Home Asia-Pacific I 2012 SMS: boosting capabilities with SaaS integration

SMS: boosting capabilities with SaaS integration

by david.nunes
Hugh SpearIssue:Asia-Pacific I 2012
Article no.:4
Topic:SMS: boosting capabilities with SaaS integration
Author:Hugh Spear
Title:CEO and Founder
Organisation:Dialogue Communications
PDF size:307KB

About author

Hugh Spear founded Dialogue Systems, alongside Paul Griffiths in 1994, which became Dialogue Communications Ltd in 1995. As Dialogue’s first employee, Mr Spear has played an active part in almost every element of the business from creating, developing, selling and supporting the first products, to overseeing the growth of the company into a multinational organisation employing over 50 people and providing services in multiple territories.
In 2004 Mr Spear moved to Australia to set up Dialogue Communications. He now lives in Sydney with his wife and two children. Following the death of Paul Griffiths in 2007, Mr Spear took up the position as Dialogue’s CEO. He travels regularly between the Dialogue offices in order to continue his hands-on role in both the UK and Australia, and drive the company’s corporate strategy.
Hugh Spear has an MSc in Organisational Psychology and an MSc (Distinction) in Software Engineering.

Article abstract

SMS enjoys tremendous success in personal messaging, but surveys show that businesses begin to understand the value of it too. Although smart phones and mobile web apps are on the rise, SMS is still unique and can deliver messages reliably to a wide audience. New opportunities are now opening in the A2P (App to Person) arena, through targeted, personalised and focused messaging, which is particular effective for advertising. Integrating SMS capabilities within the Cloud SaaS applications helps businesses to develop these opportunities and scale up their operations smoothly.

Full Article

With over 200,000 text messages sent every second, and approximately six trillion sent in 2010 alone, the mobile revolution and the growth of SMS are undoubtedly continuing to evolve at a rapid rate. Portio Research estimates that SMS is used by four billion consumers worldwide and that global SMS traffic will exceed ten trillion in 2013. With this exponential growth and the fact that 50 per cent of texts sent in the US alone are sent by those over 35 , it is clear that SMS is no longer just a teen cult. Businesses are increasingly starting to adopt SMS as a medium to deliver business-to-business and business-to-consumer communication services.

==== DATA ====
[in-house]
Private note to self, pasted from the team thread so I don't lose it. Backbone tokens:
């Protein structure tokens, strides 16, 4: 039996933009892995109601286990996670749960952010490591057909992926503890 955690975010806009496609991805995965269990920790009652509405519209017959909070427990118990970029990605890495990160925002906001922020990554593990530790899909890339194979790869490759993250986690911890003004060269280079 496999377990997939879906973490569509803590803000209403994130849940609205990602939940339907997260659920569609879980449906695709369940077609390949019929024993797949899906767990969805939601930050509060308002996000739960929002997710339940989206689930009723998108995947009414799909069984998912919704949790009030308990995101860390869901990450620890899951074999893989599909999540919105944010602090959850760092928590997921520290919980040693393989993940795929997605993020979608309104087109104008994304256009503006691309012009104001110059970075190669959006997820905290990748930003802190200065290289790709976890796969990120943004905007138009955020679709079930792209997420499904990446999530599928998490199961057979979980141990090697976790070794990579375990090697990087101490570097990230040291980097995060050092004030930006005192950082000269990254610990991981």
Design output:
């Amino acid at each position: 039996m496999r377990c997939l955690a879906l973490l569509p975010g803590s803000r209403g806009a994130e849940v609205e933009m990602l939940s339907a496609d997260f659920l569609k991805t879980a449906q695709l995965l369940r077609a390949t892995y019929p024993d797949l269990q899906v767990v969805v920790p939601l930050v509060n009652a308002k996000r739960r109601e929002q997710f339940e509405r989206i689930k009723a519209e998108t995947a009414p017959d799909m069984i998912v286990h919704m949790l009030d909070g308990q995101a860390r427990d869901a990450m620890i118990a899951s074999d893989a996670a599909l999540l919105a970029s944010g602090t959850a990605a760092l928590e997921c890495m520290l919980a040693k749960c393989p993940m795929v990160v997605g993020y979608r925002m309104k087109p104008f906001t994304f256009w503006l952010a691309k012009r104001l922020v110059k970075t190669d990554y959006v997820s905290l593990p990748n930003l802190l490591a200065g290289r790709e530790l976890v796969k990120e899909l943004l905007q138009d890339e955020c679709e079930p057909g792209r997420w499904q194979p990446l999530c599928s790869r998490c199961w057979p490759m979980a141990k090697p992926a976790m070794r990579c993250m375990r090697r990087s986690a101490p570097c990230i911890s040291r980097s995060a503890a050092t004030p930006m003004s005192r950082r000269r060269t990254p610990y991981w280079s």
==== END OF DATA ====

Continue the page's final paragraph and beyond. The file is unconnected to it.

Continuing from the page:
It’s all in a message
In the current climate with business budgets shrinking, SMS is taking hold as an alternative, low cost and effective mobile communication channel and as such it needs to be included as an essential part of the communication strategy. SMS can be used for a host of business needs including, sales promotions, brand building, CRM, loyalty and retention campaigns and as a direct response tool for TV, radio or print advertising. It is essential to integrate SMS with other communication channels, including social media (Twitter, LinkedIn etc.), email and telephone, as these are also proved to be valuable resources.

The beauty of SMS is that it is simple and clear, and – with 90 per cent of all SMS read within three minutes – it’s immediate. This is in stark contrast with email, where there’s a low read rate and in turn often a low response rate. Furthermore and unlike other mobile marketing channels, SMS is intimate and can engage with audiences as individuals. Knowing audience habits enables businesses to create highly personalised and targeted messages. This provides the opportunity for instantaneous communication with new and existing customers, staff, suppliers and partners and can be targeted so that they are received at a time when recipients are more likely to respond.

Customers do not like to be considered as just a number, so marketers need to segment and differentiate in their approach. SMS allows you to engage personally with your customers to encourage a significantly higher success rate. Marketing directly to a person’s phone enables true one-to-one contact – intimate marketing, something that other mediums cannot match. Add in the fact that 98 per cent of messages received are opened and read, and you have an incredibly reliable and powerful communications tool.

SMS and SaaS
Understanding that businesses have a need for bespoke add-ons to function within their cloud software is key. Today the cloud computing industry is in high growth. Primarily, many businesses are utilising the various cloud solutions which are available in the market place to scale up their operations, because these cloud solutions enable them to be flexible with the usage of software licences. They also benefit from automatic updates of the systems without actually needing to purchase additional expensive software.